Shares of Bank of America (NYSE:BAC) climbed 11% in August, according to data from S&P Global Market Intelligence. That easily exceeded the broader market -- the S&P 500 was essentially flat through the month -- as well as the other banks in Bank of America's peer group, as I wrote about here.
There wasn't a single, tangible event that explains Bank of America's performance in August. It was instead a combination of two, less tangible trends.
In the first case, Bank of America's stock, as well as the stocks of other big banks, took a beating at the beginning of the year, as investors fretted about decelerating growth in China, the United Kingdom's threat to leave the European Union, and higher loan losses from borrowers in the energy industry who are suffering through an extended stretch of low oil and gas prices.
Bank of America's rally in August can thus be interpreted in part as a recovery from this, as investors' fears of these issues abate.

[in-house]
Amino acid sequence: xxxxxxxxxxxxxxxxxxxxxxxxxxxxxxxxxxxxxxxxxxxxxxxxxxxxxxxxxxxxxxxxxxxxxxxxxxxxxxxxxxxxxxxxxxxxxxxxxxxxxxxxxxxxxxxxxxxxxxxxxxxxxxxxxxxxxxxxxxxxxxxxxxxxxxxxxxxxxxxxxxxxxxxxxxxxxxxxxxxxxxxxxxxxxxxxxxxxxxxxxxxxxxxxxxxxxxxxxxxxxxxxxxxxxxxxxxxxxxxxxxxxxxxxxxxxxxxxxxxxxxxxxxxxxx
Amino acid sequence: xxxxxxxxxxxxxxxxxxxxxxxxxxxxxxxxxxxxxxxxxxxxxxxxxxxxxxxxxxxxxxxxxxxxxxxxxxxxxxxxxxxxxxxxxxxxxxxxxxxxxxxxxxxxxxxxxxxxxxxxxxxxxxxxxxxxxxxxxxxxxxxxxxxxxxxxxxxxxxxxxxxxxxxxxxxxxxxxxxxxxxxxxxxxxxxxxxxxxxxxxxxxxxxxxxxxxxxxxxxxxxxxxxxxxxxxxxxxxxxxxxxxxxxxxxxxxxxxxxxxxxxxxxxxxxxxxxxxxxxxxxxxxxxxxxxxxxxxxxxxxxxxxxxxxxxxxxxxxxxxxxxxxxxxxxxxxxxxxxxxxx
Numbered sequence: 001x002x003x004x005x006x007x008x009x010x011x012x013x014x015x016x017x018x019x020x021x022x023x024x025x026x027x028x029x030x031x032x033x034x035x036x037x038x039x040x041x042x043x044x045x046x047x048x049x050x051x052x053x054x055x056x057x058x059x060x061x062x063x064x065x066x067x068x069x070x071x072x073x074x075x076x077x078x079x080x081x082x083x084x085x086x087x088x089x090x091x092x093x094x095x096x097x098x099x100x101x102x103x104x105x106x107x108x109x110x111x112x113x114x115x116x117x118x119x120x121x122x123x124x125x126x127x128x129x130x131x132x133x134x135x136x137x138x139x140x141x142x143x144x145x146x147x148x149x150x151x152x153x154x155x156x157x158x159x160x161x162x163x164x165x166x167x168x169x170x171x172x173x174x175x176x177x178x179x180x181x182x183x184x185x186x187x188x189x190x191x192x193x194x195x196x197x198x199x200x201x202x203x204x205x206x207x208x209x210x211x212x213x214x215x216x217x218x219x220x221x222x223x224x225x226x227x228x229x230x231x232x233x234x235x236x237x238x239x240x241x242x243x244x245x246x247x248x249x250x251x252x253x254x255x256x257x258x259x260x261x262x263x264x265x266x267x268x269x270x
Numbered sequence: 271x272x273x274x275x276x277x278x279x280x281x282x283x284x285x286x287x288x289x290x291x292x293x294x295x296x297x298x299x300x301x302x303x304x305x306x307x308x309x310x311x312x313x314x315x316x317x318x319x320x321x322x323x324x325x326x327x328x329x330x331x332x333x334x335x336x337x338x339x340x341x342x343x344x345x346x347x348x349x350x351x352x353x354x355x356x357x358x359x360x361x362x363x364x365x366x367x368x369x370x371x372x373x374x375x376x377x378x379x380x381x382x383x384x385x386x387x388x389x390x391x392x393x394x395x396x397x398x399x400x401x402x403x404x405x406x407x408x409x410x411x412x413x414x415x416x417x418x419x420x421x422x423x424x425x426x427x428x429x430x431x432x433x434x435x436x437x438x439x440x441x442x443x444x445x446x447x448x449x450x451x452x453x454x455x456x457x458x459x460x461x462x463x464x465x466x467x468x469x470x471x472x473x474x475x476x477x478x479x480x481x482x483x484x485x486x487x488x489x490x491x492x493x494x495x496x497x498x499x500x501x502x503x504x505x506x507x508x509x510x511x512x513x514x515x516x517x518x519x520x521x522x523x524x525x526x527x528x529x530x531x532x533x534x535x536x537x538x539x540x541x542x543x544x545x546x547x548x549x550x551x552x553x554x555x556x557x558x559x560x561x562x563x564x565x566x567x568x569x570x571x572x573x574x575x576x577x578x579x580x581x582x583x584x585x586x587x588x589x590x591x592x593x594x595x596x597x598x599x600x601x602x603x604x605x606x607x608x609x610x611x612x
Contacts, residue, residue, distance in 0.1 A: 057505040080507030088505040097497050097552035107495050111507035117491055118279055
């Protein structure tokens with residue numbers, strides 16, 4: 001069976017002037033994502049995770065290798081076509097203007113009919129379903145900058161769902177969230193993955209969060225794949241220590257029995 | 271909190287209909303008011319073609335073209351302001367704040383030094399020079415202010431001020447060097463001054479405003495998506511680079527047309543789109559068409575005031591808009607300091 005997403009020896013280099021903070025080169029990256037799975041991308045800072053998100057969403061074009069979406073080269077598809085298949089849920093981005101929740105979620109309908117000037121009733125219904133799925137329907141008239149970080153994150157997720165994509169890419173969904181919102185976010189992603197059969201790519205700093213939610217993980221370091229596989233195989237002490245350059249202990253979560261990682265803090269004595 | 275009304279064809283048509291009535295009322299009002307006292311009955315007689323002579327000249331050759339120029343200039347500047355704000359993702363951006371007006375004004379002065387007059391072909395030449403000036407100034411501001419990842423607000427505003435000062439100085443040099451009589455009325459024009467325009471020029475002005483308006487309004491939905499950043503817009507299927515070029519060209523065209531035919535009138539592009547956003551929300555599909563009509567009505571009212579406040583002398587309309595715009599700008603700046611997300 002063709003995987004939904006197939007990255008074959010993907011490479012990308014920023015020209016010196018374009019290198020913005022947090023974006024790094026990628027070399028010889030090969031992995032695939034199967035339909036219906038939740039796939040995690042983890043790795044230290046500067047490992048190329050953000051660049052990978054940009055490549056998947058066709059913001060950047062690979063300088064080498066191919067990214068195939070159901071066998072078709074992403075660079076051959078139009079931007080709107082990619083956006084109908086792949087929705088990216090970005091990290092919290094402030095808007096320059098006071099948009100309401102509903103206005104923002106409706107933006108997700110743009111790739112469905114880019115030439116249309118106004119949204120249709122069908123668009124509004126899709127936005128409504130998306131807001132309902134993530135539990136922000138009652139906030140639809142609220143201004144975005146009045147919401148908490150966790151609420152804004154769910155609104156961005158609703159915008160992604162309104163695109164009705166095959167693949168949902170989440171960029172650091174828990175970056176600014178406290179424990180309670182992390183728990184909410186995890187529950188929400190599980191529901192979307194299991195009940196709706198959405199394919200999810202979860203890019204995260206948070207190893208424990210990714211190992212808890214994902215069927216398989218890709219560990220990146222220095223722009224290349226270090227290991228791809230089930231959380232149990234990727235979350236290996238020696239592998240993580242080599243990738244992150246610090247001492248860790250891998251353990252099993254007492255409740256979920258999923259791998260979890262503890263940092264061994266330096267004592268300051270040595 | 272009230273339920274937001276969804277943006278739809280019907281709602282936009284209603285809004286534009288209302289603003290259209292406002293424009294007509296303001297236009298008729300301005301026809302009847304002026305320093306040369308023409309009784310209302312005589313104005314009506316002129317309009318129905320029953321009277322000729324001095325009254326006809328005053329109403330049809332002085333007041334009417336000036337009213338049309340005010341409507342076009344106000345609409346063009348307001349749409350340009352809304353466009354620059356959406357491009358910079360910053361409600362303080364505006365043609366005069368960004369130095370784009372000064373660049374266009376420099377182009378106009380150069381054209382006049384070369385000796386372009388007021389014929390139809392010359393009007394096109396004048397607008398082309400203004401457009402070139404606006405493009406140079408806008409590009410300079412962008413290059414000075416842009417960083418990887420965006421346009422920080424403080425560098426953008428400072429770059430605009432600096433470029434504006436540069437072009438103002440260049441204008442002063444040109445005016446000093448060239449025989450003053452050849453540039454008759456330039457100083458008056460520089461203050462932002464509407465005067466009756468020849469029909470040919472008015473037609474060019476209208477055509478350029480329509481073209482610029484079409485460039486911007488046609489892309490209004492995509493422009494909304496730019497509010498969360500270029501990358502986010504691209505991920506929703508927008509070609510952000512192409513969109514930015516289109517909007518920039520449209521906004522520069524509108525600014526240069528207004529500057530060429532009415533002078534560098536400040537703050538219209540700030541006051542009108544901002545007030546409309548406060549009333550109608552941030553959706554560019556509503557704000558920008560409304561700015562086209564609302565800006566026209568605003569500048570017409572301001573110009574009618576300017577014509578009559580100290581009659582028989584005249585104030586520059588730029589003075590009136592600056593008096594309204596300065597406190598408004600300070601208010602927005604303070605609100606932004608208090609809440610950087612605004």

On top of this, as August progressed, it seemed more likely that the Federal Reserve could increase interest rates. Most recently, the president of the Federal Reserve Bank of Richmond intimated that it could happen as soon as this month.
The impact on Bank of America would be substantial. In a recent interview with CNBC, Chairman and CEO Brian Moynihan said the bank's net interest income would increase by $1 billion a quarter in core earnings if rates increased by 100 basis points, or 1%.
Assuming these trends continue, shareholders in Bank of America could see its stock climb further. It's currently the cheapest big bank stock in terms of valuation, trading for a 33% discount to book value. When you consider that most banks are valued at or above book value in normal times, this leaves a lot of upside for current or prospective investors in the nation's second biggest bank by assets.
John Maxfield owns shares of Bank of America. The Motley Fool recommends Bank of America. Try any of our Foolish newsletter services free for 30 days. We Fools may not all hold the same opinions, but we all believe that considering a diverse range of insights makes us better investors. The Motley Fool has a disclosure policy.